Disability Power 100

On Monday I was honoured to be named in the Disability Power 100 in the Rising Star category, as one of the most influential disabled people in the UK, for my continued campaign and charity work calling for all children to be taught to read and write regardless of their educational label / disability. Held at the Landmark Hotel in London it was a wonderful celebration, my first big in person event since the pandemic began, and a chance to meet lots of inspirational people – all forces for good in the disabled community.

New Adventures

For a long time it has been my dream to visit Scotland; to absorb the stunning vistas and scenery.  When I started my campaign in 2016 for all children to be taught to read and write regardless of their educational label, I was contacted by a retired teacher from Shetland, with whom I have maintained a regular correspondence ever since.  Through Karen’s letters and parcels I have been introduced to a country with its own distinct culture and proud heritage, including a wee number of new words and phrases.  And it gradually fanned into flame a desire to visit it for myself.  This summer my dream came true and it didn’t disappoint.  What a beautiful country with friendly people and a lot of interesting history.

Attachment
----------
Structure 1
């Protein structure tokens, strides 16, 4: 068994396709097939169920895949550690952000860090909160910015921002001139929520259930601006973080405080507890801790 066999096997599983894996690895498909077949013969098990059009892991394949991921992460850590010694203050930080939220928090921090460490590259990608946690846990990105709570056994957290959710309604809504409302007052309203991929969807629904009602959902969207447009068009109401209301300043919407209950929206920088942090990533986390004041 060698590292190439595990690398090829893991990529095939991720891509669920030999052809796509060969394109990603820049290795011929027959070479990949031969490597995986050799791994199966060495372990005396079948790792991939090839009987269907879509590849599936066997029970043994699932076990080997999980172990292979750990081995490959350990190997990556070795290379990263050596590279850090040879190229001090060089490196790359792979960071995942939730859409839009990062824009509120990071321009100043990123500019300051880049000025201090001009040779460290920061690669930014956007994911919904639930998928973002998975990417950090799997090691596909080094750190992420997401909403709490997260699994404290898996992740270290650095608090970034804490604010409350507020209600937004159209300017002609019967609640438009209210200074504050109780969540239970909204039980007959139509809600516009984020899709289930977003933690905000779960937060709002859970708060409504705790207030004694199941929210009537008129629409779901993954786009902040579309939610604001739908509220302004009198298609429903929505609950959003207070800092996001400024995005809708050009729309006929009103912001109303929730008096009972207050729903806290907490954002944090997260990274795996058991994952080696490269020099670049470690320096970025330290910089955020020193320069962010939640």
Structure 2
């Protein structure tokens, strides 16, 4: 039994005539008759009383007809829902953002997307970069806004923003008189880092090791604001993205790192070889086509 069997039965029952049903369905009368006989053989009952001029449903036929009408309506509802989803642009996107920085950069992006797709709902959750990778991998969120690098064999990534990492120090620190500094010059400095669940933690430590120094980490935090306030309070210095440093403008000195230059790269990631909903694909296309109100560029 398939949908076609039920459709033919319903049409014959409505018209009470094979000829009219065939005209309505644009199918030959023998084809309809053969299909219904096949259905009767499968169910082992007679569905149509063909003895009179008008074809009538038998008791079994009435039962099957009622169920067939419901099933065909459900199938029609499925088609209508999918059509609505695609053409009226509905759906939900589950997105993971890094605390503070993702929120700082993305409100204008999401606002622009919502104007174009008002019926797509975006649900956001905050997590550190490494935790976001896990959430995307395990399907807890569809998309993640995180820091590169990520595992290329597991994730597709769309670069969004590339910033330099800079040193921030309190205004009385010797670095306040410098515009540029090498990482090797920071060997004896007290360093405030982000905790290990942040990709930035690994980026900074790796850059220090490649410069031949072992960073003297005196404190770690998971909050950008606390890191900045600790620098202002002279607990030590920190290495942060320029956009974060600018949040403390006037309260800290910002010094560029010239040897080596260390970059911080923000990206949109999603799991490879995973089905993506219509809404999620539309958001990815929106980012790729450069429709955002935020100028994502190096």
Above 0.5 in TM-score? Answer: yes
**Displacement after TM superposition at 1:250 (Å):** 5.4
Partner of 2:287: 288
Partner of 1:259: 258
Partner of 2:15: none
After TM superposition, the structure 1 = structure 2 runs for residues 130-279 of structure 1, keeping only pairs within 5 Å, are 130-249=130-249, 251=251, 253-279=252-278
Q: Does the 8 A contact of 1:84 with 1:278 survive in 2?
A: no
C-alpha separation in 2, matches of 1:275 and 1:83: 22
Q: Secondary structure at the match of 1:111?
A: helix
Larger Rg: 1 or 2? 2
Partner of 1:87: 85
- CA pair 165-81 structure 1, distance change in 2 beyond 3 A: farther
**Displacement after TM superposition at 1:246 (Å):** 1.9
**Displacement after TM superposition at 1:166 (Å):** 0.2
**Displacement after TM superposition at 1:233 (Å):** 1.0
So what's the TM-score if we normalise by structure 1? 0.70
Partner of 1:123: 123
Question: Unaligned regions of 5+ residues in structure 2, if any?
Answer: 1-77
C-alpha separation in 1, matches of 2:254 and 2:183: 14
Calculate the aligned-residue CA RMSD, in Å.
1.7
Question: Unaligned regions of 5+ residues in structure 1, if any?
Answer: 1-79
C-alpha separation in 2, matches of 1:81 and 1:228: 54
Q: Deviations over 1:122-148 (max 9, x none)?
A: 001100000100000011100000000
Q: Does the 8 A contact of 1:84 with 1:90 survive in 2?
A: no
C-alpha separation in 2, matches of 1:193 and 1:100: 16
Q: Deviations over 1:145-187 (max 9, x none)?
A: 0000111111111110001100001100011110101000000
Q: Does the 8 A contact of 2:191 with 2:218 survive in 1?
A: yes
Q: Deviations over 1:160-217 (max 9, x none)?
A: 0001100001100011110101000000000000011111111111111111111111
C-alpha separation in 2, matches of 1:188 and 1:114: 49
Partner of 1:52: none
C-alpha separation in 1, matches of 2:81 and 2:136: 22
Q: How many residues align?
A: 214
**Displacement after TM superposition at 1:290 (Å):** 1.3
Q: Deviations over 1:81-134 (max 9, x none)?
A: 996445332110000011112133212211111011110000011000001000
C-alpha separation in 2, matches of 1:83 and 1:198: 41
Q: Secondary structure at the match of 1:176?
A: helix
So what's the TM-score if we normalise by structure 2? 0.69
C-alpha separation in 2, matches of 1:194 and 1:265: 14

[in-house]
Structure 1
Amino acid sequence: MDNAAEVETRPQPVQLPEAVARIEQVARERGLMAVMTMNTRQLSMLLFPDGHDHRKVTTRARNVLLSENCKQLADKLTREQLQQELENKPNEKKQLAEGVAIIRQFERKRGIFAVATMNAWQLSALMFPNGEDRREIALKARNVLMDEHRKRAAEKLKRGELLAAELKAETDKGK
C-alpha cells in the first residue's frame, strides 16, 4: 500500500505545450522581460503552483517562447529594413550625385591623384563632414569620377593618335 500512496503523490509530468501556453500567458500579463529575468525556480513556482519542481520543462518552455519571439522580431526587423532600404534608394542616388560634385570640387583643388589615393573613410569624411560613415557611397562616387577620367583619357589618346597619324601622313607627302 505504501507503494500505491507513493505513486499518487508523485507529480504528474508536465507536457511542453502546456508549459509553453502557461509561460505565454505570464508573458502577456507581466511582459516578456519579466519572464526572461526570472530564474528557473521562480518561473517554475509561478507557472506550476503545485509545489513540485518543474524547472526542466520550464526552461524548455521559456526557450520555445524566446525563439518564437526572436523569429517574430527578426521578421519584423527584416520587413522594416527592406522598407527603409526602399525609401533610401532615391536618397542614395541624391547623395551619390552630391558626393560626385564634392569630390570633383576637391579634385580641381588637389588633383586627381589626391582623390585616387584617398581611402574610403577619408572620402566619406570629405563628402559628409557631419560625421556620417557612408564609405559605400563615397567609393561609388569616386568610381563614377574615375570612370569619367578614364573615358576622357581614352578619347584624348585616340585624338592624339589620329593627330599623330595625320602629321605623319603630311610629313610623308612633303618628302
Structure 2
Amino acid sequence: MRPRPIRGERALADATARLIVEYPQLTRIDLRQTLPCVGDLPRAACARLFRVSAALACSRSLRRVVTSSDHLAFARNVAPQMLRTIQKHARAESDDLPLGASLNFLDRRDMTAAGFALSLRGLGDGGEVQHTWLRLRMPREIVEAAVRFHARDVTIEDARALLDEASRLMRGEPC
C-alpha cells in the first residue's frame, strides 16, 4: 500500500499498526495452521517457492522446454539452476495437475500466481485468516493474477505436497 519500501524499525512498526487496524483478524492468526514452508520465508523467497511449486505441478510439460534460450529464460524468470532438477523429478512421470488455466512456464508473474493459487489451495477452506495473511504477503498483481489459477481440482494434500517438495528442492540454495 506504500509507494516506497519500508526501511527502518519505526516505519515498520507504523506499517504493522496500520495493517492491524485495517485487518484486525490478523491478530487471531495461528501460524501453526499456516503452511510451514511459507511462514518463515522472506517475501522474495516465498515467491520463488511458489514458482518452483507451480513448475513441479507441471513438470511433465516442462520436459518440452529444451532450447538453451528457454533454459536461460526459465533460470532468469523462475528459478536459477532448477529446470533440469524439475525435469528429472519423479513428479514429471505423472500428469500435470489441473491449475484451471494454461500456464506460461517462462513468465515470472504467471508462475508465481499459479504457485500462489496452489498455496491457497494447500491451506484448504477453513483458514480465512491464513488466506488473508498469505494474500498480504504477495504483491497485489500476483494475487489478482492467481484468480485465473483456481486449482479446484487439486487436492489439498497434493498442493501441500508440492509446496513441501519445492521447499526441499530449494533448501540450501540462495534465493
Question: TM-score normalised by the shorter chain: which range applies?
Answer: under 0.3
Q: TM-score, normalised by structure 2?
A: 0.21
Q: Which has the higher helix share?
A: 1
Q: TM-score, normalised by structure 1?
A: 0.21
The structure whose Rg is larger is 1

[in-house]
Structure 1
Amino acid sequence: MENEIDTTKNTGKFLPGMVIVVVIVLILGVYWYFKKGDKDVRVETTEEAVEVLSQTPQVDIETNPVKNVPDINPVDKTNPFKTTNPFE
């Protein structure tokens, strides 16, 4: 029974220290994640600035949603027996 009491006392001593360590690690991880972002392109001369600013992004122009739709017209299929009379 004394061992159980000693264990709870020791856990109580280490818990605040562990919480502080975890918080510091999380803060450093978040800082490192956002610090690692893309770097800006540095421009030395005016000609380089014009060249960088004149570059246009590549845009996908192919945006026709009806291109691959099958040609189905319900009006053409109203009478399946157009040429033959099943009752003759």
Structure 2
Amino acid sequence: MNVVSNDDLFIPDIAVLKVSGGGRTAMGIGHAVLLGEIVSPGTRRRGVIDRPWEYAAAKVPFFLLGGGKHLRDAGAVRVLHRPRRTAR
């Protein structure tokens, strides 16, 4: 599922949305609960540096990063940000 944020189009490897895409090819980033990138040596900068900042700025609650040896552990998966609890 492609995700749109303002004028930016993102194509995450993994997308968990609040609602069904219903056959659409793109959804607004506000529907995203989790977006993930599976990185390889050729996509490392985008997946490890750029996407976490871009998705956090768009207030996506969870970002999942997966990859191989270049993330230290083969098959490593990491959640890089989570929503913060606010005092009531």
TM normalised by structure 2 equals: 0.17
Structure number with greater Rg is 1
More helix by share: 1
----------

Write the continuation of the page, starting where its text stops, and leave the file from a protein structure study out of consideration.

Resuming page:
As my holidays drew to a close my levels of elation did not, for an exciting new start lay ahead. During lockdown I was overwhelmed at the kindness that had been branched out to me by another local school, inclusion at its most flexible as I joined for English lessons on zoom.

Now I am a member of this school and I’m coming to the end of my first half term. Life has increased in pace as I study English language A-level and catch up with two years of missed school socialising with equal enthusiasm.

New adventures are great!

Scotland – poet relief in Sterling Castle, William Wallace memorial, walking near Helensburgh, Glengoyne distillary
Outside the front door of my new school